Wednesday, March 19, 2014

Arsenals of Democracy

The U.S. Arsenal in Fayetteville, North Carolina, was strategically situated -- and far enough inland via the Cape Fear River to protect it from, say, a British naval raid a la the War of 1812. However, secessionists seized the arsenal grounds in late April, 1861, and its armory production machinery was bolstered with equipment and personnel transferred from the former United States Armory and Arsenal at Harpers Ferry, Virginia (now West Virginia) by Confederate authorities. 

Wars cannot be waged without weaponry; hence, during the American Civil War, the Fayetteville Arsenal was geared up to produce ammunition, equipment and "The Fayetteville Rifle" -- about 10,000 of them for the Confederacy, according to the above display at the Museum of the Cape Fear Historical Complex, 801 Arsenal Avenue, Fayetteville.   
There's another Fayetteville connection to the Harpers Ferry Armory and Arsenal -- Lewis S. Leary (1835-1859). A free black man, he migrated, in 1856, to Oberlin, Ohio, a more hospitable place than Fayetteville in terms of race relations and in its rejection of slavery. Leary participated in the attack on Harpers Ferry orchestrated by John Brown, between October 16 and 18, 1859. The idea was to seize the arsenal and distribute weapons to slaves, thereby initiating a mass uprising and guerrilla war against slave owners. Leary was mortally wounded in the resultant fighting.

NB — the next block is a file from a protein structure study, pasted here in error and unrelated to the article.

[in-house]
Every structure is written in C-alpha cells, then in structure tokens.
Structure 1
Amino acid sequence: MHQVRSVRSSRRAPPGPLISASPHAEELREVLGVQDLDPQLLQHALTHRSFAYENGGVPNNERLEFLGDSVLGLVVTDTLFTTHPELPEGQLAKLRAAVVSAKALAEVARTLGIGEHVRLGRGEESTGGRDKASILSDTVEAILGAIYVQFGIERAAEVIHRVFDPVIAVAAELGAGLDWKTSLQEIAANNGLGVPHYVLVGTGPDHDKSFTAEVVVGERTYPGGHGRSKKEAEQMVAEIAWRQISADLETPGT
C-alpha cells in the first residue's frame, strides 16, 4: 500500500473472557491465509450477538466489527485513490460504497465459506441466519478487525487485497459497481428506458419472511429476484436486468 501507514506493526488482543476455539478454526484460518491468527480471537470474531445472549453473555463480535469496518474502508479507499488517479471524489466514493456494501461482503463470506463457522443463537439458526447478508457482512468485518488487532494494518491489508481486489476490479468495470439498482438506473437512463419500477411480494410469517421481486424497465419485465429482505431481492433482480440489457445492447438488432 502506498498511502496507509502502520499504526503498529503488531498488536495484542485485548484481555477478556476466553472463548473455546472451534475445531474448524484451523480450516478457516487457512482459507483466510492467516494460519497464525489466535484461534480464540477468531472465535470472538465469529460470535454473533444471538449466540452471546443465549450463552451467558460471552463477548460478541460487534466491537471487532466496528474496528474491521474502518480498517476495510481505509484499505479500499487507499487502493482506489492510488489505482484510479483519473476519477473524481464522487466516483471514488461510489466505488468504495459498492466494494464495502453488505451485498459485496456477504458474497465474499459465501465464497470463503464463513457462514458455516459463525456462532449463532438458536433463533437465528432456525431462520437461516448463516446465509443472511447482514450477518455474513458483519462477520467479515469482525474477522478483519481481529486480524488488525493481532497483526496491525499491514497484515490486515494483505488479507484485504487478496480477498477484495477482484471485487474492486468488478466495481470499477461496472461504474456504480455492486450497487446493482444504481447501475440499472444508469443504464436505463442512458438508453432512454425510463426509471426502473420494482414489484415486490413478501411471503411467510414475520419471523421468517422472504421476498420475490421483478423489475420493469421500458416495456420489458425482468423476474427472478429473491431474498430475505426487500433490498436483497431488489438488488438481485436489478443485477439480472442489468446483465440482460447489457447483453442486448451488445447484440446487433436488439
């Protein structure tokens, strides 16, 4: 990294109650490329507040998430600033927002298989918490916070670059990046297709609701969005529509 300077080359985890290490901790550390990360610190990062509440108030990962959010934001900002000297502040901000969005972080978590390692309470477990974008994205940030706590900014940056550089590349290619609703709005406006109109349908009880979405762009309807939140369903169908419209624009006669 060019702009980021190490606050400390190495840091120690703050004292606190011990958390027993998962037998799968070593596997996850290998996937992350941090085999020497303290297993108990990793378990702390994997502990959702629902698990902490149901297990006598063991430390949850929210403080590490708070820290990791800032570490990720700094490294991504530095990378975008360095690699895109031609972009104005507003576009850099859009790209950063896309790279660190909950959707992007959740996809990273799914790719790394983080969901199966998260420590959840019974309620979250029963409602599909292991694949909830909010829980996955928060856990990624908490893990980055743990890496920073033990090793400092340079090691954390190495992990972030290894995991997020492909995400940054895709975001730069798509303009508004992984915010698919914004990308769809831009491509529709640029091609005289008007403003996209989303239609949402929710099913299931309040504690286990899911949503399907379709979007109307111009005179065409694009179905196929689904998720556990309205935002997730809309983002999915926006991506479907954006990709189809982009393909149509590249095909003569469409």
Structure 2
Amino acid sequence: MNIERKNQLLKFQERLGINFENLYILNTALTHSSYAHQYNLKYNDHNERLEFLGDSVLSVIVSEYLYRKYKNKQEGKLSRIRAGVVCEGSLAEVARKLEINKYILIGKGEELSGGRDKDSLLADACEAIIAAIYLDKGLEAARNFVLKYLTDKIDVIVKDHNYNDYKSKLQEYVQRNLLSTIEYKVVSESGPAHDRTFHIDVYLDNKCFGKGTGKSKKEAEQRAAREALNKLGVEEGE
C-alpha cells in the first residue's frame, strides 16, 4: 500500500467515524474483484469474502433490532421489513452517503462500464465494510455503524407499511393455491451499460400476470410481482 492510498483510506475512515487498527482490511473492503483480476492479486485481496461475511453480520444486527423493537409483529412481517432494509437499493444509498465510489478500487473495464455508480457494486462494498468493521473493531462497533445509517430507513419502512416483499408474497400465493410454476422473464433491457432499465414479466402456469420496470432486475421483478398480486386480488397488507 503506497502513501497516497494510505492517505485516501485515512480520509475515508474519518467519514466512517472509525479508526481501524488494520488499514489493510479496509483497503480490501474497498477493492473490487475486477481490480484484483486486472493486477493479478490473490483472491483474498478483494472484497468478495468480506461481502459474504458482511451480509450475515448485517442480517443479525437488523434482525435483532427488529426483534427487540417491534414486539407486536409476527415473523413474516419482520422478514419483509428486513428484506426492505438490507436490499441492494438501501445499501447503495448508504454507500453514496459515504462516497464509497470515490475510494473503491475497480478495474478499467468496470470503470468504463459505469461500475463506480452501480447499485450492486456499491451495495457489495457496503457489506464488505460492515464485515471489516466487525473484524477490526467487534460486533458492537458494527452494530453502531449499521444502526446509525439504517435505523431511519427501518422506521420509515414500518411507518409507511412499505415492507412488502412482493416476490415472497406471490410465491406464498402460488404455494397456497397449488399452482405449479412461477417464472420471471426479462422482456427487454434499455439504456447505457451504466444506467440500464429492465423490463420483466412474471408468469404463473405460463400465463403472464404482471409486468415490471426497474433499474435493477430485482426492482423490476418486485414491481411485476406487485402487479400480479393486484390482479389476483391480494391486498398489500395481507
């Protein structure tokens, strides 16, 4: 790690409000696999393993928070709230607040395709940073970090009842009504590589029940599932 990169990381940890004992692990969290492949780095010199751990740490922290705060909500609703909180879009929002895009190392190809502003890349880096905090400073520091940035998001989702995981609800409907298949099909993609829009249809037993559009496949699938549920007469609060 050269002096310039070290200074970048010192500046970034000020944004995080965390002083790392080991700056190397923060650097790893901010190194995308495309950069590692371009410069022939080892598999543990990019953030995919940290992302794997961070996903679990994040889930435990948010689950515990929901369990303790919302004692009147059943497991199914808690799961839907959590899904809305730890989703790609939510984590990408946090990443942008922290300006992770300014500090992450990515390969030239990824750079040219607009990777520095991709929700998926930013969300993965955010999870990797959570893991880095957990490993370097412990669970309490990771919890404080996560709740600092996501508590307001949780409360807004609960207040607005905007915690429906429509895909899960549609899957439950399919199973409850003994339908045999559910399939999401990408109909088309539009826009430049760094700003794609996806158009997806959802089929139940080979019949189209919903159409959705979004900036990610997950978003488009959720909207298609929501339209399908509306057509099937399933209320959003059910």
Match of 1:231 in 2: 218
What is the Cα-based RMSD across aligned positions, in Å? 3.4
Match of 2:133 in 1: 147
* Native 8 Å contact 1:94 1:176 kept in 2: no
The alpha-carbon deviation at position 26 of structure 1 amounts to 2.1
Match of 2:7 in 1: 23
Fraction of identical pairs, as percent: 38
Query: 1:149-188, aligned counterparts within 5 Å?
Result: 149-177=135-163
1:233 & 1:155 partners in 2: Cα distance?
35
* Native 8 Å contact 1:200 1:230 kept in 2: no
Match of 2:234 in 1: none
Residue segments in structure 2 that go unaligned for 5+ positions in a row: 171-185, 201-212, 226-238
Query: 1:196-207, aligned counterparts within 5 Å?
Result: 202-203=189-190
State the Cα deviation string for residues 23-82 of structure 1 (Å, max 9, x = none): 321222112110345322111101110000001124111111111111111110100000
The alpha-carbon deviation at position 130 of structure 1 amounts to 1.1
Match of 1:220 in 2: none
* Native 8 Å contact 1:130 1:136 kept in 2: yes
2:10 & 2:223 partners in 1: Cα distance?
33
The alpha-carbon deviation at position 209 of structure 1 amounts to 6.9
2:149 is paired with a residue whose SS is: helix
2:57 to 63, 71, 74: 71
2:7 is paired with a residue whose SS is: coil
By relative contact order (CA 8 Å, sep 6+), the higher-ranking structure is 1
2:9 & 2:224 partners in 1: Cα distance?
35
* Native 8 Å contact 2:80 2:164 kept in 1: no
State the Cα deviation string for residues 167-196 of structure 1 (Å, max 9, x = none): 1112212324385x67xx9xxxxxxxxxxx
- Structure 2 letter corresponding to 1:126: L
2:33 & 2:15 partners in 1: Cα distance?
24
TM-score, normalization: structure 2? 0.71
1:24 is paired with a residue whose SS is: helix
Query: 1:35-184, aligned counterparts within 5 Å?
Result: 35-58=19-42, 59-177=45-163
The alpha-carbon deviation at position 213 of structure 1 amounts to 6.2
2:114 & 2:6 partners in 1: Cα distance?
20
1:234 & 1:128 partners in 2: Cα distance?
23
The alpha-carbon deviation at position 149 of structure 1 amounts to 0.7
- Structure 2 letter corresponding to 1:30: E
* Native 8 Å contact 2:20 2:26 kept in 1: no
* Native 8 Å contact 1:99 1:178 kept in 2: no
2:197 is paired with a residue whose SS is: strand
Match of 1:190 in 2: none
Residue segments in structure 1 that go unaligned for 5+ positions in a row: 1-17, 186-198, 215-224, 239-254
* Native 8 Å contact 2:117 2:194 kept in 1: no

In the photo above, Lewis S. Leary reminds me of Jimi Hendrix. 


Leary's wife Mary remarried and was directly related to Langston Hughes (1902-1967). Those of Leary's family still in North Carolina 
 after the Civil War became very active US citizens. One of Lewis' younger brothers, an early Howard University graduate, founded Shaw University's Law School. (Shaw was created after emancipation as the Raleigh Institute, became the Shaw Collegiate Institute and then, in 1875, Shaw University).

[This display at Fayetteville Area Transportation and Local History Museum, 325 Franklin Street downtown].   
Fayetteville Arsenal Payroll. If you click on the image, it will enlarge and perhaps become easier to read in full.  

The left side reads thusly: Arsenals in the North and South employed women and girls to roll and fill cartridges. They were preferred for these jobs because their smaller hands made them more dexterous and efficient, and they could be paid less than men.

Women paid less than men for the same work? Really? 
Pictured here via the Cape Fear Historical Complex: Spyglass. Officer's Valise. Compass. Belonged to Colonel William Lamb, Commander of Fort Fisher, 1862-1865. Fort Fisher, near Wilmington, North Carolina, is a whole 'nother ballgame to consider -- in a future post, I suspect.

Today's Rune: Gateway. 

  

2 comments:

Charles Gramlich said...

Brings back memories of when I was originally learning about these events in history classes. Always enjoyed those classes.

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